Not Cartier -- but non-allergenic, long-lasting, and resistant to 'stiction'
World's first diamond micromachines created at Sandia
DIAMOND COMBS -- Sandia National Laboratories researchers have created the world's first diamond micromachine in this comb drive that drives a tiny diamond piston. The drive is powered by a tiny alternating electrical current. As the two sets of comb teeth repel and attract each other, one comb slides back and forth.
Amorphous diamond reduces stiction -- a combination of stickiness and friction. Use of diamond as a construction material is expected to dramatically increase the durability of the tiny machines, which are about the size of pollen grains.
Download 300dpi JPEG image, 'ADcomb.jpg', 155K (Media are welcome to download/publish this image with related news stories.)
ALBUQUERQUE, N.M. -- You can't give them to your loved one on Valentine's Day, and they are much too small to be a girl's best friend, but Sandia National Laboratories has created what are believed to be the world's first diamond micromachines.
The machines at the Department of Energy's national security facility are etched from a surface of amorphous diamond, the hardest material in the world after crystalline diamond in a manner compatible with current silicon chip and surface micromachine manufacturing techniques.
Diamond interests researchers because of its superior wear-resistant qualities, resistance to stiction -- a combination of stickiness and friction -- and potential as a biocompatible material that could be used inside the human body for medical purposes without generating an allergic reaction.
Currently constructed is a diamond comb drive whose tiny interspaced teeth move forward and back as an electrical current reverses constantly between positive and negative. This is the first demonstration of a micro-motion drive using amorphous diamond.
The point, say researchers John Sullivan and Tom Friedmann, is to create a layering technology useful in increasing the life span and performance of micromachines.
Says Friedmann, "Micromachines, for their marvelously tiny size, are still machines. They're subject to wear, even if it's only at the micro level. Diamond is more wear-resistant than polysilicon. One estimate in the literature claims that diamond should last 10,000 times longer than polysilicon in wear applications. Our material is chemically benign and compatible with silicon. It could function as another station in the line in the creation of a basically silicon micromachine, but with a diamond layer for additional strength and durability. It could one day be used as a complete replacement for polysilicon."
Silicon MEMs (MicroElectroMechanical Systems) are already used in a variety of applications ranging from air bags in cars to optical micromirrors slated for possible deployment on satellites.
There are two kinds of diamond, crystalline and amorphous. The Sandia researchers use amorphous diamond, the hardest substance known to science after crystalline diamond. Crystalline is currently impractical because of the far higher temperatures needed to synthesize it and the surface roughness that precludes its use in a multilayer surface micromachine technology.
Amorphous diamond itself had been impractical because its tremendous internal stresses -- hundreds of atmospheres -- formerly had made it impossible for the material to stand alone or to coat thickly any but the strongest substrates. However, a process developed previously by Friedmann and Sullivan eliminates that problem.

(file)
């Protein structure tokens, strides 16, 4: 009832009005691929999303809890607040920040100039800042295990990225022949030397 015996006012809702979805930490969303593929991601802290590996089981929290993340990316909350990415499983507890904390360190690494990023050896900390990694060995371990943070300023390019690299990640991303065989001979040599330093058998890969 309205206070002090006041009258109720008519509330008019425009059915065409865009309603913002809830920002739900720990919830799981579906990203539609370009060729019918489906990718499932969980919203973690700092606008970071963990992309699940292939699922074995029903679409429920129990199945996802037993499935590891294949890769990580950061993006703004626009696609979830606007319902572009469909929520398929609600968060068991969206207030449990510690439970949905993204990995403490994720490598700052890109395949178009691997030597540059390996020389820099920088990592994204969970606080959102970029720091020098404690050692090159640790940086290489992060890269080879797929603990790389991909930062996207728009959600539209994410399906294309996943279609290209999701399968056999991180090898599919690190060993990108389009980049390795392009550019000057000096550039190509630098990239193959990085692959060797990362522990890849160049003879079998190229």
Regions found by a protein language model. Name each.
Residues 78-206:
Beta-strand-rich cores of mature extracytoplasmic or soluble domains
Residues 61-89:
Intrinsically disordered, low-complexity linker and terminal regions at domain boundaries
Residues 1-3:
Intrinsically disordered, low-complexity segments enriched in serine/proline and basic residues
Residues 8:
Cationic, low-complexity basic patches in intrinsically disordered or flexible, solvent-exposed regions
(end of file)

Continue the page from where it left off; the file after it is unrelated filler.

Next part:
Also, diamond reduces stiction when compared with silicon. (Stiction is a tendency for an object resting on another to stick, rendering devices useless.) This is because, says Sullivan, while silicon is hydrophilic and therefore attracted to water that may be present in the atmosphere, diamond is not. Water molecules, at such small scales, act as a kind of glue.
Another advantage, says Friedmann, is that diamond is a biocompatible material, so that it could be used in the body as a drug-dispensing unit without initiating an allergic reaction. "Carbon [the elemental ingredient of diamond] is chemically benign," he says.
The millimeter-square drive consists of two diamond combs on a flat surface, teeth facing each other. One comb is bolted down. The other moves freely within the confines of a spring. A diamond rod attaches to the spine of the moveable comb. When an electric voltage to the comb repeatedly cycles from positive to negative, the teeth alternatingly attract and repel each other. This moves a comb back and forth and makes work -- like driving a gear -- achievable.
The laboratory devices, funded by Sandia's Laboratory-Directed Research and Development Office, are estimated by researchers to be marketable on their own in about five years.
Currently, the proof-of-principle devices take three hours for diamond to deposit through pulsed laser deposition. Annealing the diamond so that it has zero stress (to prevent warpage) can be done in minutes.
Putting a machine specifically assigned to add a layer of amorphous diamond into the clean room in an otherwise-silicon fabrication facility is achievable, since diamond is chemically compatible with silicon, the researchers believe. Such machines may soon become commercially available.
Sandia is a multiprogram laboratory operated by Sandia Corporation, a Lockheed Martin Company, for the United States Department of Energy under contract DE-AC04-94AL85000. With main facilities in Albuquerque, N.M., and Livermore, Calif., Sandia has major research and development responsibilities in national security, energy and environmental technologies, and economic competitiveness.
Neal Singer, email@example.com, (505) 845-7078
John Sullivan, firstname.lastname@example.org , (505) 845-9496
Tom Friedmann, email@example.com, (505) 844-6684